Abstract 15640: A Digenic Etiology Implicates Alpk3 and Myl2 Variants as Likely Causal Mutations in Familial Hypertrophic Cardiomyopathy
Introduction: Familial Hypertrophic Cardiomyopathy (FHCM) is an autosomal dominant single gene disorder, commonly caused by mutations in genes encoding sarcomere proteins. Despite genetic testing by whole exome sequencing (WES), the causal genes in approximately 40% of the FHCM remain unknown.
Hypothesis: A subset of FHCM is digenic in etiology and hence, the affected individual do not share a single causal variant.
Methods: WES of FHCM trios, rare variant analysis and sequencing of additional family members.
Results: We identified 6 FHCM trios in whom WES did not identify a shared causal variant in the known FHCM genes. The WES data were filtered for the heterozygous Loss of Function (LoF), defined as stop gain/loss, splice and frameshift, variants and rare pathogenic missense (MAF<0.01) variants, followed by analysis of expression in the heart. Dozens of LoF variants and pathogenic variants were shared among the affected members of each trio. Notably, a rare pathogenic (p.T81M) variant in the ALPK3 gene, implicated in cardiomyopathies, was shared among the affected trios (mother and two offspring). The offspring but not the mother also shared a pathogenic variant (p.A13T) in the MYL2 gene, a known gene for FHCM. The p.A13T variant was inherited from siblings father, who had cardiac hypertrophy and aortic stenosis. Siblings digenic for the p.A13T and p.T81M variants had severe FHCM, heart failure, and severe left ventricular outflow tract obstruction (mean gradient >100 mmHg). In contrast, family members with the ALPK3 variant had no or mild cardiac hypertrophy and were asymptomatic. The trio also shared other rare LoF and pathogenic variants, including a p.E2272X variant in COL6A5 and p.L1228I variant in PPRC1, which are expressed at low levels in the heart and were less likely to cause cardiac pathology.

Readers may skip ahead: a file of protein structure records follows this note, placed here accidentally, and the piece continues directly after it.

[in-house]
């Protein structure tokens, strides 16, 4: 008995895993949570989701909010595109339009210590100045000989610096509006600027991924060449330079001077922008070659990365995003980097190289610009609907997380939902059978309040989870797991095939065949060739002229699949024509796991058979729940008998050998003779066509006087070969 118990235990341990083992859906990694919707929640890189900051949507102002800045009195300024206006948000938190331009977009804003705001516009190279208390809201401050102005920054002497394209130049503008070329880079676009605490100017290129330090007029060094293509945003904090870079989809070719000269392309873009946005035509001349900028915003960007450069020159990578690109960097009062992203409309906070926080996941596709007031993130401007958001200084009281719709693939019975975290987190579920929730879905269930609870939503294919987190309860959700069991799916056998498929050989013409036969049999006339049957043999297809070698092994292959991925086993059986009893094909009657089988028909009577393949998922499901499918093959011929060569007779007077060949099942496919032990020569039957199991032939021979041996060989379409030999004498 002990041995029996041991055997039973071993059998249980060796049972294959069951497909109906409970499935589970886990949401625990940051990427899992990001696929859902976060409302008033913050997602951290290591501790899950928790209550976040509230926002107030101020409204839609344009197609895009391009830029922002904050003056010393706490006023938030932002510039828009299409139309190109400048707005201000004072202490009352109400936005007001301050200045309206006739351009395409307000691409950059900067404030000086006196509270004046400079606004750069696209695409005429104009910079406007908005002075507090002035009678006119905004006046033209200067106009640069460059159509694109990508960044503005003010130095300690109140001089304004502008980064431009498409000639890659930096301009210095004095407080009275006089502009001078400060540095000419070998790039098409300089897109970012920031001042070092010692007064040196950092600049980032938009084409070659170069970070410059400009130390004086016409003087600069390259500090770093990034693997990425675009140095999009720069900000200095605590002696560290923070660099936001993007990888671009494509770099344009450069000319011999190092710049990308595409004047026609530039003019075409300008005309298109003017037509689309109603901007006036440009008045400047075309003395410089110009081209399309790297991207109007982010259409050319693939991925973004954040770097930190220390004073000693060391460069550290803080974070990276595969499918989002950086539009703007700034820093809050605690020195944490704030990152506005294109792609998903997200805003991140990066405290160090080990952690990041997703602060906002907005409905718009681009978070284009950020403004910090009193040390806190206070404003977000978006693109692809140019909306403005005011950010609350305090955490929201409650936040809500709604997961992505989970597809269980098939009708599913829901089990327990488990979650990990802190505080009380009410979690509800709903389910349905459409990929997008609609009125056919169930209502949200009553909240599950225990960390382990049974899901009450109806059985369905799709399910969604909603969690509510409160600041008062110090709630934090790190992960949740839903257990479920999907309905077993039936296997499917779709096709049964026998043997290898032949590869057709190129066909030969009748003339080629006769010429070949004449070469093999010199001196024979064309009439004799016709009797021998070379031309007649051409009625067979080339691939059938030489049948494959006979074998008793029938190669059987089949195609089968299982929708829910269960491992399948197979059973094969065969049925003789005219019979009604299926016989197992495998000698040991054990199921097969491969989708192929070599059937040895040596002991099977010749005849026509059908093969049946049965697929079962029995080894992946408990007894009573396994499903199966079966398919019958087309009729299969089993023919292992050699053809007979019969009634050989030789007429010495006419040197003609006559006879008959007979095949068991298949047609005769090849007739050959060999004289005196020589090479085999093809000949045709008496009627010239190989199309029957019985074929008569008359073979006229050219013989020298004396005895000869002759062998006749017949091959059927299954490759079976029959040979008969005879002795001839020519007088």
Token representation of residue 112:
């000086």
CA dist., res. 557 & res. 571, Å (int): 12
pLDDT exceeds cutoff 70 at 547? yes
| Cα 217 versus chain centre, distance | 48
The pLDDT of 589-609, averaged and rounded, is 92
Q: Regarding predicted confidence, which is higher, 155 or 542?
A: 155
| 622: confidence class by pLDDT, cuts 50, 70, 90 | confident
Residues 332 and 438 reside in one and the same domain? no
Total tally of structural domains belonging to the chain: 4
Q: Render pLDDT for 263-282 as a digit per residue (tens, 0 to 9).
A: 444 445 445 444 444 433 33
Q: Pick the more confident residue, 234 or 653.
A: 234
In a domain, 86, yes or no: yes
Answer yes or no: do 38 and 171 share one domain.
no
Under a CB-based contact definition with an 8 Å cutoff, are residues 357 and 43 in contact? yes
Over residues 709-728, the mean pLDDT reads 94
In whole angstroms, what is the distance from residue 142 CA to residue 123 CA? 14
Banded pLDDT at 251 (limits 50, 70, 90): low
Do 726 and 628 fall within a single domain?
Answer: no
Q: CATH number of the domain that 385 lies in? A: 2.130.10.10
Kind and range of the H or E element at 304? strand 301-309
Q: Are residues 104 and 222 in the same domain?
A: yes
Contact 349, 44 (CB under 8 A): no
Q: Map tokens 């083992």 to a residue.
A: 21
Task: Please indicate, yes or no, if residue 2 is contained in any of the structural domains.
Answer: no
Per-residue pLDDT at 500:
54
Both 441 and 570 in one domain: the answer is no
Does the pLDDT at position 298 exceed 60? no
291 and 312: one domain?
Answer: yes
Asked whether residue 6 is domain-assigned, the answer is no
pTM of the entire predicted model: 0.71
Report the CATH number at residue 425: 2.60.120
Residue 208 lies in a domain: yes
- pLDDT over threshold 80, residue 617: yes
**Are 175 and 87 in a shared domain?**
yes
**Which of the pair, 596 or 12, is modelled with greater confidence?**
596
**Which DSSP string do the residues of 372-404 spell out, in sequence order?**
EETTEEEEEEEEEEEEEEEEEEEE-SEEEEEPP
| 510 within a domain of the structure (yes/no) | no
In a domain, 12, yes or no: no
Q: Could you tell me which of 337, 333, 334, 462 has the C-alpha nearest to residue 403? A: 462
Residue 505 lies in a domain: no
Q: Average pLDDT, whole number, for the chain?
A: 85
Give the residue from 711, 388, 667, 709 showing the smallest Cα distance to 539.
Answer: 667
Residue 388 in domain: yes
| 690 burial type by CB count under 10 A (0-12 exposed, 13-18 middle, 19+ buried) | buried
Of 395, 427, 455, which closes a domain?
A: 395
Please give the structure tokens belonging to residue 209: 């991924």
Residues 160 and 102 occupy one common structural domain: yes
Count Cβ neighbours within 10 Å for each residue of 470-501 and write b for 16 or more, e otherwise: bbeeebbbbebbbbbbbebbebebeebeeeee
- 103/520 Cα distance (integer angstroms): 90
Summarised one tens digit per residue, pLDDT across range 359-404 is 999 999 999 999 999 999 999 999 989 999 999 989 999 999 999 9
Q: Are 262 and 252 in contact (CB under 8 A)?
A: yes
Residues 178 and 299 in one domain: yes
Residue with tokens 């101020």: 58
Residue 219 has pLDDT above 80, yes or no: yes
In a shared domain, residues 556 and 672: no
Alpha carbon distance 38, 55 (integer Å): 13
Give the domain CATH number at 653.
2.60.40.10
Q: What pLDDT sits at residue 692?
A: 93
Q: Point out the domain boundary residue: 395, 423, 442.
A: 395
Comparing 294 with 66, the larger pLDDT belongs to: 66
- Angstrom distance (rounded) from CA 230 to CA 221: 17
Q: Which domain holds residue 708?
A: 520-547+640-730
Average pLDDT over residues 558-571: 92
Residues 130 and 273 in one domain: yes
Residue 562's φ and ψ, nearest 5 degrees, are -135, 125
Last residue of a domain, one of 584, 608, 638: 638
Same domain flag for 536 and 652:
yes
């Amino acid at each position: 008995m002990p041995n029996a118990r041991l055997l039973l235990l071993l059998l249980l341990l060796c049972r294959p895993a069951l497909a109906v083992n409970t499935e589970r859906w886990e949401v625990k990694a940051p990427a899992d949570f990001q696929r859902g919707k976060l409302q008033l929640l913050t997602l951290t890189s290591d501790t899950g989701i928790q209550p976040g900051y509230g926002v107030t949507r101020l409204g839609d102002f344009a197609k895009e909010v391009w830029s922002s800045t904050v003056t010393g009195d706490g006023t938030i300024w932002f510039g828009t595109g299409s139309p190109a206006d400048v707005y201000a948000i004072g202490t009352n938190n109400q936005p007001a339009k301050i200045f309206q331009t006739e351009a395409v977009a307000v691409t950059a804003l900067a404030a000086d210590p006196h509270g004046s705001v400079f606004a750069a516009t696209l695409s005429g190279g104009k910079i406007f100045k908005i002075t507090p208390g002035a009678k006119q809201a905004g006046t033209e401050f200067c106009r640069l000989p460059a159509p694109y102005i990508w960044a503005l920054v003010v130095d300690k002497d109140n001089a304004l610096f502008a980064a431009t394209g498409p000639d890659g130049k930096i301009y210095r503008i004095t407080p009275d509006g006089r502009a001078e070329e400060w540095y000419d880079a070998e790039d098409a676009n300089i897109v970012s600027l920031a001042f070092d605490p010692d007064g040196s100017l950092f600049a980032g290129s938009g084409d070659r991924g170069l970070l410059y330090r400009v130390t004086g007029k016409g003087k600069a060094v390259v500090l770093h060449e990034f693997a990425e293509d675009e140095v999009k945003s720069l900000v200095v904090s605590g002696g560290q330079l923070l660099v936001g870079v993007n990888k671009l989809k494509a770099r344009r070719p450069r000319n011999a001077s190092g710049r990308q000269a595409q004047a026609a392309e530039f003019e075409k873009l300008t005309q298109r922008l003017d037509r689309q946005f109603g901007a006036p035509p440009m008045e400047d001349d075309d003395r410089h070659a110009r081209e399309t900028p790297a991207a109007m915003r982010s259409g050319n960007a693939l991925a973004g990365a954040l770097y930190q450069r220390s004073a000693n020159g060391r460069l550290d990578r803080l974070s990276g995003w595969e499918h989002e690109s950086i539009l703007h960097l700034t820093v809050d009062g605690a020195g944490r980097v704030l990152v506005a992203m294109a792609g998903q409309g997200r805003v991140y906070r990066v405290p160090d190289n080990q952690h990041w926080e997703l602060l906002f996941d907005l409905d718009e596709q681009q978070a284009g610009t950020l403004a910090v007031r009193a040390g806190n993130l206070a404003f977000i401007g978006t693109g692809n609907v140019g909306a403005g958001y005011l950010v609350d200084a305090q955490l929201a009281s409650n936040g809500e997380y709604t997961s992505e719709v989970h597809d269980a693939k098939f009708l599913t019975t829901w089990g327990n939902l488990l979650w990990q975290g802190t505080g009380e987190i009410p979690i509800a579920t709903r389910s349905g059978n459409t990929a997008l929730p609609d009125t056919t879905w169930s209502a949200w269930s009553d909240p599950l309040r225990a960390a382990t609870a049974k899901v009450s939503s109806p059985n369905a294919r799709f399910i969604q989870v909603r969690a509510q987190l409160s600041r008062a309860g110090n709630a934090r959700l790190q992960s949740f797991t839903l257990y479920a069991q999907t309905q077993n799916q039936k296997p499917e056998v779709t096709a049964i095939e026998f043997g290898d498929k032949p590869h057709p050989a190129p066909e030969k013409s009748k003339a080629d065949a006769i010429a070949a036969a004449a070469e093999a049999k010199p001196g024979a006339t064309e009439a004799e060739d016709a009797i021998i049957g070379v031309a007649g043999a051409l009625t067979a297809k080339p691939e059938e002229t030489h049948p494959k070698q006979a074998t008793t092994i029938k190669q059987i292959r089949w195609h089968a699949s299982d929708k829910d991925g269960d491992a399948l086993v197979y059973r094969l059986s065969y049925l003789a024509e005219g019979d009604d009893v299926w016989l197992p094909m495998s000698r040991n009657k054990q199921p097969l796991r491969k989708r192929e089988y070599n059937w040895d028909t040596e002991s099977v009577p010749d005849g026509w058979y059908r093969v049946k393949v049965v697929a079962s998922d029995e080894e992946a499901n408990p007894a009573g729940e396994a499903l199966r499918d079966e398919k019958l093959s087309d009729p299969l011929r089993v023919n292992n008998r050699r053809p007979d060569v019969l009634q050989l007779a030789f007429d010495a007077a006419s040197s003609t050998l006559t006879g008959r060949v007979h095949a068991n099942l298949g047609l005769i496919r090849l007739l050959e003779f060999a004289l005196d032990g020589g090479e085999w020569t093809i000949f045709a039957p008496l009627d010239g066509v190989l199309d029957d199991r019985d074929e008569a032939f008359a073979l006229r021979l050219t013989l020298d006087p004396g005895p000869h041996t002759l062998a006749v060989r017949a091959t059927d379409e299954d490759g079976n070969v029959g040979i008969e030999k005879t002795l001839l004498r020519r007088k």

Conclusions: Rare variant analysis of the WES data in the affected FHCM trios with no shared pathogenic variants in the known FHCM genes led to identification of pathogenic variants in ALKP3 and MYL2 as the likely causal variants. The findings suggest that a subset of FHCM might be digenic in etiology. Thus, the “missing causal genes” in the conventionally considered single gene disorders might be in part due to a digenic etiology.
Author Disclosures: L. Li: None. Y. Tan: None. J.T. Willerson: None. A.J. Marian: None.
- © 2016 by American Heart Association, Inc.